|Forbes.com, Winter, 2012. This article was written with Oliver Pursche, the Co-Portfolio Manager of GMG Defense Beta Fund. It was part of a series of articles developed under an agreement with forbes.com to work with a variety of contributors and assist them in delivering actionable investment ideas each week. The site, forbes.com is one of the top 500 sites in the world with nearly 10 million subscribers and nearly 100 million page views a month.|
Sixteen years ago, Apple teetered on the brink of bankruptcy, while Eastman Kodak (EK) reached the highest stock in its storied history (just above$80 a share) and stood in the pantheon of American capitalism as a Dow component stock.
Today the tables are turned as once-venerable Eastman Kodak teeters and Apple (AAPL) is the most valuable technology company on the planet. The fates of these companies rested on a single factor: innovation.
For investors it’s important to understand that innovation is not the sole province of technology companies. In fact, the application of innovation among lower and no tech companies can lead to superior returns. This leads to my list of Boring But Innovative companies that I’ve been buying: Raytheon (RTN), Chevron (CVX), Boeing (BA), Exxon Mobil (XOM), E.I. du Pont, (DD), Procter & Gamble (PG) and Unilever (UL).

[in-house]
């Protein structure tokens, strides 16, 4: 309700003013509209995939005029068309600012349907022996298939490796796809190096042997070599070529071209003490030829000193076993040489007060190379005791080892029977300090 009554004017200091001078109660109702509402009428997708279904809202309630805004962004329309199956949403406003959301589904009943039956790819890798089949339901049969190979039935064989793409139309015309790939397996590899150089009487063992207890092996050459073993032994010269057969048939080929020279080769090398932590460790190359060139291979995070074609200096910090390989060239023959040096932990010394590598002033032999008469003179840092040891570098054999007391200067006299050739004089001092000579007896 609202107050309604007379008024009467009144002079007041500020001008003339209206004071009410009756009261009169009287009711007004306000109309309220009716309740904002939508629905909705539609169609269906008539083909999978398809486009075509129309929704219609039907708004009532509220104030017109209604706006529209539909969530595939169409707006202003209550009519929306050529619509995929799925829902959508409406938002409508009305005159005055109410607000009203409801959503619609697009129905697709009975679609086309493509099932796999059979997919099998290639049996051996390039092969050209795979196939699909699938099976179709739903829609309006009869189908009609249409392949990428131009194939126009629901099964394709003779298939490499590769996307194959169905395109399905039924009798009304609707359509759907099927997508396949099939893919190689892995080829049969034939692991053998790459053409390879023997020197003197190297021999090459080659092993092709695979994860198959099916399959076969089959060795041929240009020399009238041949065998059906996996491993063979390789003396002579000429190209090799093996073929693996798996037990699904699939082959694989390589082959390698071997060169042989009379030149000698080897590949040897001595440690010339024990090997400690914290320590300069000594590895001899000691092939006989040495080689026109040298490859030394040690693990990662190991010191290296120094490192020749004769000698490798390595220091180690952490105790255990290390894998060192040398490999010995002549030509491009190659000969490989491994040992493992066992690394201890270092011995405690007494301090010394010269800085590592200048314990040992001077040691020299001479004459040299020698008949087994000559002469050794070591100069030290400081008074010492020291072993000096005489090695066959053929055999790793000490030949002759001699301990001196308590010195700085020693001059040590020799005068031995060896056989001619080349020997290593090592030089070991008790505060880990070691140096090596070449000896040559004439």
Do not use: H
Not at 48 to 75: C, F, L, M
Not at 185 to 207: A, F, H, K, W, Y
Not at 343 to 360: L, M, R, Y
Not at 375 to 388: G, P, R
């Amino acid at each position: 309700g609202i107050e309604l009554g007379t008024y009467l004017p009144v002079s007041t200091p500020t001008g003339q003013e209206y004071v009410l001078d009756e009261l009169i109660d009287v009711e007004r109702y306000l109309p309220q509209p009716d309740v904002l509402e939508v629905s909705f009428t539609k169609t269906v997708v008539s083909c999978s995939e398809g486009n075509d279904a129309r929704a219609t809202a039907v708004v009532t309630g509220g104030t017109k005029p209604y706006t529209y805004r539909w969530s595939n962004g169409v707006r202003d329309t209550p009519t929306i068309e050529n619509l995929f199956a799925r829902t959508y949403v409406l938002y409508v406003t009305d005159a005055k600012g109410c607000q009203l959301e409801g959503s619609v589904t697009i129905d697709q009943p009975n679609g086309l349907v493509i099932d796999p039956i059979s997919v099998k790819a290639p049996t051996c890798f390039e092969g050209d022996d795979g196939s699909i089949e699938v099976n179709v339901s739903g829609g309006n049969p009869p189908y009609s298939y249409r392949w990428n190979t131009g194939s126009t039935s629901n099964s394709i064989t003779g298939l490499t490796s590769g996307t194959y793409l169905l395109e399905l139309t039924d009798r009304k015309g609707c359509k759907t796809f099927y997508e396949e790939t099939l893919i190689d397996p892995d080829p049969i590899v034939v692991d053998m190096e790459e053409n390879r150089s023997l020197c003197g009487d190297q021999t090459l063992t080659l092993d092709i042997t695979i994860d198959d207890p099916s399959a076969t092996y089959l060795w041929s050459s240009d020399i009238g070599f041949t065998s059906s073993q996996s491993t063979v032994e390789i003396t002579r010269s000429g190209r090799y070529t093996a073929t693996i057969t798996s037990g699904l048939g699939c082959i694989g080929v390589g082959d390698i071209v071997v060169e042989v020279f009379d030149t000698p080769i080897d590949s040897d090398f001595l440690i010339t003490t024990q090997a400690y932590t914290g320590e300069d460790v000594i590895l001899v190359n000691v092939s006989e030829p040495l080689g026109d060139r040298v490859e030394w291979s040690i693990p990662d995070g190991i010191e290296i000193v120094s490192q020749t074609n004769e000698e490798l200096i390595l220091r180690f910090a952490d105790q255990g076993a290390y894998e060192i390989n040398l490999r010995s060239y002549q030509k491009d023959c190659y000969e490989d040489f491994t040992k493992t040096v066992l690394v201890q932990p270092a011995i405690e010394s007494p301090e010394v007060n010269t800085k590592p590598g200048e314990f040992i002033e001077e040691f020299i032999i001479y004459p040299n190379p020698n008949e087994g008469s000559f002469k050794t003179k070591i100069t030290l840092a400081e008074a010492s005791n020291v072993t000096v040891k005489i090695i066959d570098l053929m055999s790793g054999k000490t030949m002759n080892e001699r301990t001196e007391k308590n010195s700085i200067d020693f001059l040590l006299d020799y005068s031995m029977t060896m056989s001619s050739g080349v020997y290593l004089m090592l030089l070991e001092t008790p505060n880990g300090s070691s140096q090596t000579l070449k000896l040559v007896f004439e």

Testimony to the innovative spirit of these companies recently arrived in the form of the Thomson Reuters Top 100 Global Innovators for 2011, of which they were a part. The algorithm used by Thomson Reuters looked at the incidence of success in securing patents, overall volume of patents, degree of influence (i.e. how often a company’s patents are cited in other companies inventions) and the number of “quadrilateral patents” (i.e., patents for the same invention at the Chinese Patent Office, the European Patent Office, the Japanese Patent Office and the United States Patent Office).
On a broad-brush level, innovation has served these companies well as, according to Thomson Reuters, the leading global innovators outperformed the S&P 500 in market cap gains by a lot: 12.9 percent v. 7.2 percent, respectively:
What I’ve observed about innovative companies is the following:
They gain market share, not by cutting costs, but by offering a better more compelling product than their competition.
They adapt their strategy to different markets and different economic environments, often choosing flexibility over efficiency.
They are restless. Management is always striving to come up with better, newer products.
So, here’s the innovative companies I’ve been buying for the GMG Defensive Beta Fund.